5 Ways to Stand Out to Your Professors

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5 Ways to Stand Out to Your Professors

This is a guest blog post written by, Sarah Greenberg from The Happy College Girl. 

Hey, college girl, One of the biggest parts of college is meeting and developing relationships with professors. Yes, we want to connect with professors because they inspire us, teach us new things, and help us discover our dreams. But, real talk: professors can also help us get into grad school, find our next job or internship, and complete major school projects. We know this. They know this.

I needed the help of my professors a lot in college. Aside from assistance with understanding course material, I needed recommendation letters to transfer from community college to a university and then again for acceptance into graduate programs, formal advisement on my Master’s project and help with figuring out my next career move. Sometimes I felt slimy, needy, or not good/smart/hardworking enough to approach my professors about helping me. But as a busy college girl, I couldn’t afford to waste time being anxious when I had college/job/internship applications and big-time school projects hanging over my head. I had to figure out a way to get over my anxiety and ask my professors for what I needed.

Can you relate to feeling nervous or guilty about asking your professors for something-a letter of rec? Feedback on your grad school application essays? Networking opportunities? Professors can and WANT to help you with all of these things. But professors need to know who you are (a confident, happy college girl, that’s who!) and what you want so that they can support you. Here are a few ways to stand out to your professors so that they write you great letters of rec, advise you on major projects, and put you in touch with people in your desired career field:

1. Speak up in their class. The fastest way to make yourself known to your professors is by participating in their class. Make a goal to say at least one thing every class period. Make a comment, ask a question, or volunteer to read a passage from the day’s reading. Consistent participation familiarizes professors with your voice and face, and shows them that you take their class seriously.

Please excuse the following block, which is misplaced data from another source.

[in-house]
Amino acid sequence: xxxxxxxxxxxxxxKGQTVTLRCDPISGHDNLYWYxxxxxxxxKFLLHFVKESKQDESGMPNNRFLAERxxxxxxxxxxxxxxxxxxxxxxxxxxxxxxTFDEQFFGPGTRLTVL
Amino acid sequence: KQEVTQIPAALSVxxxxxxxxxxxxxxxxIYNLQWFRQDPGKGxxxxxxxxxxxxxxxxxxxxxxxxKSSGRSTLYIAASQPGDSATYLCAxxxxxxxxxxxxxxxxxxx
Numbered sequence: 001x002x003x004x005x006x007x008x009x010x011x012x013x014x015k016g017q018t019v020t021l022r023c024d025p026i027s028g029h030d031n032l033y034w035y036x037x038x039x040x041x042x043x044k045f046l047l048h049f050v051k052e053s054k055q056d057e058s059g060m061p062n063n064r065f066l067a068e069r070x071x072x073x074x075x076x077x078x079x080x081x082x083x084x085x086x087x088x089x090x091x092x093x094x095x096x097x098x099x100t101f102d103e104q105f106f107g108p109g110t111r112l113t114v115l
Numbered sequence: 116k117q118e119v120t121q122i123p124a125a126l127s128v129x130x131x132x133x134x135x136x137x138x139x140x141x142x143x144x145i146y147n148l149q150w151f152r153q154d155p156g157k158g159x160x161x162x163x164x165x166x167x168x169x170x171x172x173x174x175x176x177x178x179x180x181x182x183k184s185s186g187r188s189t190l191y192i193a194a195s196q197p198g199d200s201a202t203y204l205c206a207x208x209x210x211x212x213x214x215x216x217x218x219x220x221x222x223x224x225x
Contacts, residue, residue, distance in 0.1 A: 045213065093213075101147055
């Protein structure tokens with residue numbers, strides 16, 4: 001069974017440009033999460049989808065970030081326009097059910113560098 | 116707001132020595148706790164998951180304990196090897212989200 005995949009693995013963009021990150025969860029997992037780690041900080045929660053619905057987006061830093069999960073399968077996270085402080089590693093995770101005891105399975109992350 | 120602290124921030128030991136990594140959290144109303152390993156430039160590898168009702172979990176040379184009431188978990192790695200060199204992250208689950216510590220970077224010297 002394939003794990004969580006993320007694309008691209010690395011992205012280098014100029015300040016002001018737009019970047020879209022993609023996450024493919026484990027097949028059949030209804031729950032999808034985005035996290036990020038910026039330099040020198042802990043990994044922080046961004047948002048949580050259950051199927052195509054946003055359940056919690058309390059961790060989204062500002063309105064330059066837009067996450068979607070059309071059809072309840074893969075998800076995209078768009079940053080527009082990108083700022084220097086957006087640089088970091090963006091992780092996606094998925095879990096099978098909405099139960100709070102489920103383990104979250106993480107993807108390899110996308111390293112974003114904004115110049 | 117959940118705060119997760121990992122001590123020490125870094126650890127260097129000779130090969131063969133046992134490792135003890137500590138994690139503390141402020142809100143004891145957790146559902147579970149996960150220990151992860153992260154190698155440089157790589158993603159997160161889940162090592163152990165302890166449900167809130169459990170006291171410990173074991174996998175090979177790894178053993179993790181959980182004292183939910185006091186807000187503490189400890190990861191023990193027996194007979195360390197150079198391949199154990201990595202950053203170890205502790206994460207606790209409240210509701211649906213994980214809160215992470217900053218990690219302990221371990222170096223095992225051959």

2. Say hi/bye/thank you to your professors during class. Manners matter. Also, if you loathe speaking in class, this tip is for you. When you enter the classroom, make a point to look your professor in the eyes and say “Hey Dr/Prof________.” At the end of class, say “Bye/Thanks, Dr./Prof______.” A consistent greeting or farewell forces your professors to know who you are (or at least what you look like). Plus, when they see you or think of you (i.e. when writing a letter of rec, grading your paper), they’ll remember how polite you are.

3. Visit your professors during their office hours. This is a big one, especially if your courses are lectures and too big for you to connect with your professor during class. You need to have one-on-one time with your professors so that they view you as a top student, a student who takes the time to express her curiosity about the course content. Think of a reason to stop by their office or make an appointment with them. Ask them for their opinion on your paper topic. Tell them about a part of their lecture that really interested you and why. Even if you don’t care about the course topic and just want to woo your professor, you need to approach him/her with some kind of authentic interest in the course. Maybe this course relates to/helps you think differently about your other courses; tell your professor that!

4. Email them with links to articles/events they might enjoy. One of my friends did this all the time and it works! When you come across an article, resource, or event that relates to one of your courses, email the link to your professor. Professors love when you think about their course outside of class time. And as humans, it’s nice when someone tells you about something they think you’d like, right? Write a short email (2-3 lines) about the event/article and why you think your professor would be interested in it. Your prof will think you’re hardworking AND thoughtful. Double. Whammy.

5. Remember that professors were in your shoes once. If you find yourself freaking out about asking your professors for something, take comfort in the fact that they were college students too. Just like you, they needed letters of recommendation, advisors for their theses, connections for jobs, etc. In fact, if your professors are PhD’s, then they needed a LOT of help getting to where they are now. Most professors remember how much help they needed…and will be more than willing to help their students in the same way. You’ve got big goals, college girl. Your professors can help you reach them. You don’t have time to be stalled by anxiety about approaching your professors for help. As long as you approach your professors genuinely (using the above tools), you’ll get everything you need so that you can go out and rock the world!

About the author: Sarah Greenberg is a coach and writer dedicated to helping women in college accomplish their academic and personal goals, and feel peaceful while doing it. As the girl behind The Happy College Girl, she helps women in college navigate all of the stress and anxiety of school and life with ease.